Citroën 're-boot' to include electric cars and more expressive design
Citroën Aircross Linda Jackson, the British CEO of Citroen, says two electric vehicles are due by 2020

The ‘re-booting’ of the Citroën brand will continue with the launch of a mid-size SUV model and will eventually extend to an eight model line-up of passenger cars, according to Linda Jackson, the British CEO of Citroen.

The new Citroën mid-size SUV - based on the Aircross concept  (pictured) - was recently confirmed to be built at the PSA factory in Rennes from early 2018, after originally being pencilled for production outside the EU.

Jackson also confirmed that the brand would have two new electric vehicles in the B- and C-segments on sale in 2019 and 2020, respectively.

Despite the expressive styling and character of the C4 Cactus and new C3 supermini, the French maker remains committed to competing in the mainstream C- and D-segments, according to Citroën Product Director Xavier Peugeot.

Speaking at the press unveiling of the new C3, Peugeot told Autocar that, after Citroën's split with DS, the aim was to reinvent the marque as "attractive, fresh and modern…we will be different, but not crazy," he said.

The eight body styles will be global models, but Peugeot hinted that new models would be tweaked to suit different markets. Vehicles heading for China likely to toned down for local market tastes, with the new China-only C6 limo showing how exterior styling will be more conventional and chrome-laden.

"We want to be modern and fresh, but these values will have to be adapted to each segment and market," Jackson told Autocar.

Xavier Peugeot hinted that Citroën is unlikely to abandon the C-segment hatchback market and rely solely on a crossover such as the production Aircross. The need to produce C-segment saloons for global markets is one of the reasons that a conventional C4 five-door will survive in the company line-up.

The shape and style of a C5 replacement and a replacement for the company’s big MPV are currently under discussion, Peugeot said.

While Citroen will focus on "advanced comfort" as one of the new key brand messages - "making drivers feel at home" according to Jackson - there will be a WRC derivative of the new C3 supermini.

Xavier Peugeot hinted that there would be a production version of the C3 inspired by the WRC car and that this performance-orientated car would be targeted at younger drivers. Performance versions of Citroën's other upcoming new models were highly unlikely, however.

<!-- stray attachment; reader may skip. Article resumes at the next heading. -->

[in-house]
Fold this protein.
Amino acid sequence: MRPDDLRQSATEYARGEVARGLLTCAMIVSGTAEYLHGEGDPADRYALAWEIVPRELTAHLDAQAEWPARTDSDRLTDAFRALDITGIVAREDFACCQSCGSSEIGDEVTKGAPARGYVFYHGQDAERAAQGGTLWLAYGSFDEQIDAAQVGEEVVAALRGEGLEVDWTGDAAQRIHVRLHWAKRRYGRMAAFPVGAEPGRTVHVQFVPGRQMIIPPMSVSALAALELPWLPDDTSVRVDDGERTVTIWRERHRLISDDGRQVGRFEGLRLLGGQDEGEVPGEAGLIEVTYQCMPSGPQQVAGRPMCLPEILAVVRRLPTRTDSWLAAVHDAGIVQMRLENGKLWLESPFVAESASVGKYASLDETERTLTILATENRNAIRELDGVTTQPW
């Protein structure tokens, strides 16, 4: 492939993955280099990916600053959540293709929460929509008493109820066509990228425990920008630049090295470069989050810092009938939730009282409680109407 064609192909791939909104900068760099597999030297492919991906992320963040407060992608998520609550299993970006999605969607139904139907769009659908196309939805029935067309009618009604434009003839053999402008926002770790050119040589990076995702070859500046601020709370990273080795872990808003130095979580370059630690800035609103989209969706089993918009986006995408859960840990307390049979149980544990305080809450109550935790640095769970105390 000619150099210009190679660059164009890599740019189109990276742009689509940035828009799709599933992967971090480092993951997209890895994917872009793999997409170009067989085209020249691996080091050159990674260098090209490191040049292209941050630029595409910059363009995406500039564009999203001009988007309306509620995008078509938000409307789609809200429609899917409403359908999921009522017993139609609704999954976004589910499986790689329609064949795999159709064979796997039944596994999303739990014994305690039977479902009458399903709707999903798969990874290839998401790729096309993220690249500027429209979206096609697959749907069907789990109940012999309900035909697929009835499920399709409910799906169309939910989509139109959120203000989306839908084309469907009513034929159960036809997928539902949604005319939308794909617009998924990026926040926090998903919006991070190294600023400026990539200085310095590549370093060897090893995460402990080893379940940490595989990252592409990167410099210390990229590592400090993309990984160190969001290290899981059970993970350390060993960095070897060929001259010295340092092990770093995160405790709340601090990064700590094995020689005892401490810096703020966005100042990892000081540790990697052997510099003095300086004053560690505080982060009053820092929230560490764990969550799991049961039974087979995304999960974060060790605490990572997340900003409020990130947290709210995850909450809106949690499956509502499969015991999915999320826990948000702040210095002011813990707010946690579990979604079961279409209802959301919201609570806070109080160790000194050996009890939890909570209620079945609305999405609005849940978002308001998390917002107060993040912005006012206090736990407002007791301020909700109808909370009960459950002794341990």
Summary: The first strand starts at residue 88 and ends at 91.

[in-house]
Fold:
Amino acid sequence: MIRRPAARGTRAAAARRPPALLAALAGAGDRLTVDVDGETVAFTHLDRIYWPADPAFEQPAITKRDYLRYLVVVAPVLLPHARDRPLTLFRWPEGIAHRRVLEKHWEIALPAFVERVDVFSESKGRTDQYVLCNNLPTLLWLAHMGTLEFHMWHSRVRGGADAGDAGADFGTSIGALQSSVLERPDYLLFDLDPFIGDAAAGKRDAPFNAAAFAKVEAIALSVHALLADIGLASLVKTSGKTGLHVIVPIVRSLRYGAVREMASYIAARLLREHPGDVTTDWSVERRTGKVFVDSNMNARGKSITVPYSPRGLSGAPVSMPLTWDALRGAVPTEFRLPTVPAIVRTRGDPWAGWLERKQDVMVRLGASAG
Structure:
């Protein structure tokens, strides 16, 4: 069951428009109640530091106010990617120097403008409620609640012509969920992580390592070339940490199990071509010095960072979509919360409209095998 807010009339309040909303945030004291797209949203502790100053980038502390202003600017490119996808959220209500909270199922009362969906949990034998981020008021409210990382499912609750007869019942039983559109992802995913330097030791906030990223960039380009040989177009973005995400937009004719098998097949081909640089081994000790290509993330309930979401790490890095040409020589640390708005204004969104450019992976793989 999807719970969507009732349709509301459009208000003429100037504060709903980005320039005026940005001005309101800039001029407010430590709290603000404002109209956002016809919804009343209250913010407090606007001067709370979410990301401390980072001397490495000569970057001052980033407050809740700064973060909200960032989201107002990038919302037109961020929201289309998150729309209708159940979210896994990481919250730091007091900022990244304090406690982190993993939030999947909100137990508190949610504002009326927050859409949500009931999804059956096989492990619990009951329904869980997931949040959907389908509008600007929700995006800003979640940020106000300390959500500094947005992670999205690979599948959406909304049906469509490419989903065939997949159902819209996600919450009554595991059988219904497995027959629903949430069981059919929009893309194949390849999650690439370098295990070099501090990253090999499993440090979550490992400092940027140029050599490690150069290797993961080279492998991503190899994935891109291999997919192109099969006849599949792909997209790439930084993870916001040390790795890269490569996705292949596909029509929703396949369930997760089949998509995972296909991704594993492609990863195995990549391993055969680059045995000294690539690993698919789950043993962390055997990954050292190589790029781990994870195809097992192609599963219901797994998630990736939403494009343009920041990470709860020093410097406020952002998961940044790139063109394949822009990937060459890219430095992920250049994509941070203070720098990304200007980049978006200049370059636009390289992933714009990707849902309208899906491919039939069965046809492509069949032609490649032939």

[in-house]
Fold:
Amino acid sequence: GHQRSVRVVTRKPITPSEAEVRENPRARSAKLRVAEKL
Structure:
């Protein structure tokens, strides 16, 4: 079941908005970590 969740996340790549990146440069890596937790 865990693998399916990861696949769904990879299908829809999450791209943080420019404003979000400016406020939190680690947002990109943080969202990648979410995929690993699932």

Citroën's global sales last year were a modest 1.16 million, with 731,000 sold in the EU and 302,000 in China. Although the brand has not stated its future sales target, it is estimated that it wants to boost sales by around 20-25 percent over the next five years.

Renault Alaskan production model leaks out ahead of reveal
Renault Alaskan leak New pick-up truck will be officially shown later this week; this early glimpse confirms it retains the design of the Alaskan concept

This picture of the Renault Alaskan has been leaked onto a Greek website ahead of the model's official reveal later this week.

The image confirms the production model looks very similar to the concept it is based on (which was revealed last year and is shown in our gallery). It's not due to go on sale until next year.

The production Alaskan will be the company’s first global pick-up and will be built alongside equivalents from Nissan and Mercedes-Benz, the latter of which is due by 2020. The production Renault and the Mercedes will share some of their architecture with the Nissan NP300 Navara, although both companies will engineer and design their own final versions to keep their identities intact.

The one-ton Alaskan concept came with 21in wheels, full LED lighting, satin-effect paint and brushed and polished metal finishes on the exterior. While there will undoubtedly be some changes, many features look set to be retained in the final model.

Despite its commercial vehicle nature, Renault is pitching the Alaskan at the private leisure-focused user. As well as what Renault describes as high-quality interior standards and space for five in the cabin, the Alaskan concept came with a camera located in the door mirror to film the passing landscape, and an optional selection of accessories such as a load bed liner and cover were on the car's theoretical options list.